It was in the early morning of June 18th, we’ve just murdered one clown the previous day and were now out the door to kill another.
On camera nicely lit and framed.
In front of crew, random pedestrians and the Film Gods.
Eden Mall, NC
Ah yes, the mall, that great human magnet of yesteryear. As a kid I always wanted to go. When I became an adult, it was the last place I’d ever visit unless it was part of an awesome clown killing film shoot!
I remember using the tripod once on day one, but I can’t really remember if I ever used it again. Most of the film was shot using a fig rig (see picture below). Basically a steering wheel that the camera is locked into the middle of. The operator can sort of drive the shot as it were. Needless to say all the shots at the mall were done in this fashion much to the chagrin of my shoulders.
With my steering wheel, I followed the poor hapless clown as he decided towards his demise. Poor guy was just looking for work while being stalked and made to pay for his sin of being one of the floppy footed.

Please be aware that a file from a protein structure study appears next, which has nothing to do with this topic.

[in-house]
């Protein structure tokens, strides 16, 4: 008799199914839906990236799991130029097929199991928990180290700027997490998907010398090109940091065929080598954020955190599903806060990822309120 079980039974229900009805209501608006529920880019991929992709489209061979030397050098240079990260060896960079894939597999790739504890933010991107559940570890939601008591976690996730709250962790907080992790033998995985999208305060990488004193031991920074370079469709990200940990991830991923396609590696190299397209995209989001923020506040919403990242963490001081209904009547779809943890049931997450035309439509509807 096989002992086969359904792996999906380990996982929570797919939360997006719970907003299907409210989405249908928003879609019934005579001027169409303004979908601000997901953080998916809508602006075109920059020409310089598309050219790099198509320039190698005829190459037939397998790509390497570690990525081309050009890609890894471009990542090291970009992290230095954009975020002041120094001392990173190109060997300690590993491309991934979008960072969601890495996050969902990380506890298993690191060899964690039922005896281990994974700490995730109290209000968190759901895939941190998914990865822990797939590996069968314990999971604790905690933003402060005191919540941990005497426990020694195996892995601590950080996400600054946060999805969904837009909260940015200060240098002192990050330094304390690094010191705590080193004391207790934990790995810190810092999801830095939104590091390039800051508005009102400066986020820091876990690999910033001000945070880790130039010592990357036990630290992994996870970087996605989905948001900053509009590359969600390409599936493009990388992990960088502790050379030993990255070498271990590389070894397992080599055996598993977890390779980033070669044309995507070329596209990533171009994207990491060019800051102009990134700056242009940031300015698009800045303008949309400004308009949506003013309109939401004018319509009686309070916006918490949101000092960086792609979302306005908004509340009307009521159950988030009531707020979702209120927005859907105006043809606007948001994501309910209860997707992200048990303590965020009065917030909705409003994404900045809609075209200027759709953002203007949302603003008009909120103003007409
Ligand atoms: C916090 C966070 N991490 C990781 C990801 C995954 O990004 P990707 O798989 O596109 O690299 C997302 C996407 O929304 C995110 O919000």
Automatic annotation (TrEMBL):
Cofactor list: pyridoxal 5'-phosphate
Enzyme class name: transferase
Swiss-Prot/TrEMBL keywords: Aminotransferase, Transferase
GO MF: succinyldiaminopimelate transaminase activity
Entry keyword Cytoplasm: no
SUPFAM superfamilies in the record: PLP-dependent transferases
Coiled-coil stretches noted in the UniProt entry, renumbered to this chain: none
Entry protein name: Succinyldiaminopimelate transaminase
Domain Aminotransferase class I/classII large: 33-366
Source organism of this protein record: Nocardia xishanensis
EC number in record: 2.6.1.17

I made good use of the sodium and mercury vapor lights again. A death means something is wrong with the world and the sick feeling colors I experimented with first in camera tests and then on the first day of production continued their job on day 2 especially when we got closer to the demise of the neighborhood friendly harlequin that no one wants.
After the clown was taken out, it was time for the detectives. Notice the subtle differences in colors from the 2 stills below. You can see the yellow/green sickness at the murder scene which is absent from the exterior shot of them further deliberating the murder in front of the mall’s entrance.
We ended the day with the killer leaving the scene of the crime unnoticed. For this I did use my second favorite tool for this cinematography job, the jib arm, which I will talk further about in future posts.
It’s the hopes and dreams of many filmmakers young and old to shoot at an abandoned (nearly) mall just like the filmic heroes of the past like George Romero did for “Dawn of the Dead.”